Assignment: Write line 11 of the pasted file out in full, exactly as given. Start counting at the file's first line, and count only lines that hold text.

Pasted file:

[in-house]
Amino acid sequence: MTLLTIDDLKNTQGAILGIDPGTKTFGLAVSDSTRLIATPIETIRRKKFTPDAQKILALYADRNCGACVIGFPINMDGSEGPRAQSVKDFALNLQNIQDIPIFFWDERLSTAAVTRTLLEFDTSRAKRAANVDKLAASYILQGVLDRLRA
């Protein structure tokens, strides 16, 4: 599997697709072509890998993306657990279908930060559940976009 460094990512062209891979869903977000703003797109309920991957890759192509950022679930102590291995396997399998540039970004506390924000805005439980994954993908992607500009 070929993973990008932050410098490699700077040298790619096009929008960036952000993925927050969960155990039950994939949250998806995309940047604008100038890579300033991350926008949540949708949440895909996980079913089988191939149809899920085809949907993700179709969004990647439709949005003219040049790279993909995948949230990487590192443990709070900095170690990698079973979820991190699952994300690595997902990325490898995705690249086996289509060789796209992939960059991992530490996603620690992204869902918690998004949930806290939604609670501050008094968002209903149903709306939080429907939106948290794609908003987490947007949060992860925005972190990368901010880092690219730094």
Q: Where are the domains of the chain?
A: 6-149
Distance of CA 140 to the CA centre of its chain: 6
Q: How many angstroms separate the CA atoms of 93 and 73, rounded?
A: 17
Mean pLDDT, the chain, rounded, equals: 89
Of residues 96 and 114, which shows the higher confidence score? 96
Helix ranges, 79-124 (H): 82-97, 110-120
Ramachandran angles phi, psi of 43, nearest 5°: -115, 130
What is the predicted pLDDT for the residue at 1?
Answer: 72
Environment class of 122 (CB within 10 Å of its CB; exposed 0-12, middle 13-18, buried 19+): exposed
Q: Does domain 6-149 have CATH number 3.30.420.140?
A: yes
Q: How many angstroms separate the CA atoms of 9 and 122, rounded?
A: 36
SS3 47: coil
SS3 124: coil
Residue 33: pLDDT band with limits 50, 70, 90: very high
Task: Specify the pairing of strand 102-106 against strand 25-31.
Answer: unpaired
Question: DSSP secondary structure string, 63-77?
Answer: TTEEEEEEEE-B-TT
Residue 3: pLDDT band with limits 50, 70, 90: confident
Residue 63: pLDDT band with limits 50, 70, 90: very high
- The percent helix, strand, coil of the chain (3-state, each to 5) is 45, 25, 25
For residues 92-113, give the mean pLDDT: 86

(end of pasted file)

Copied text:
Helix ranges, 79-124 (H): 82-97, 110-120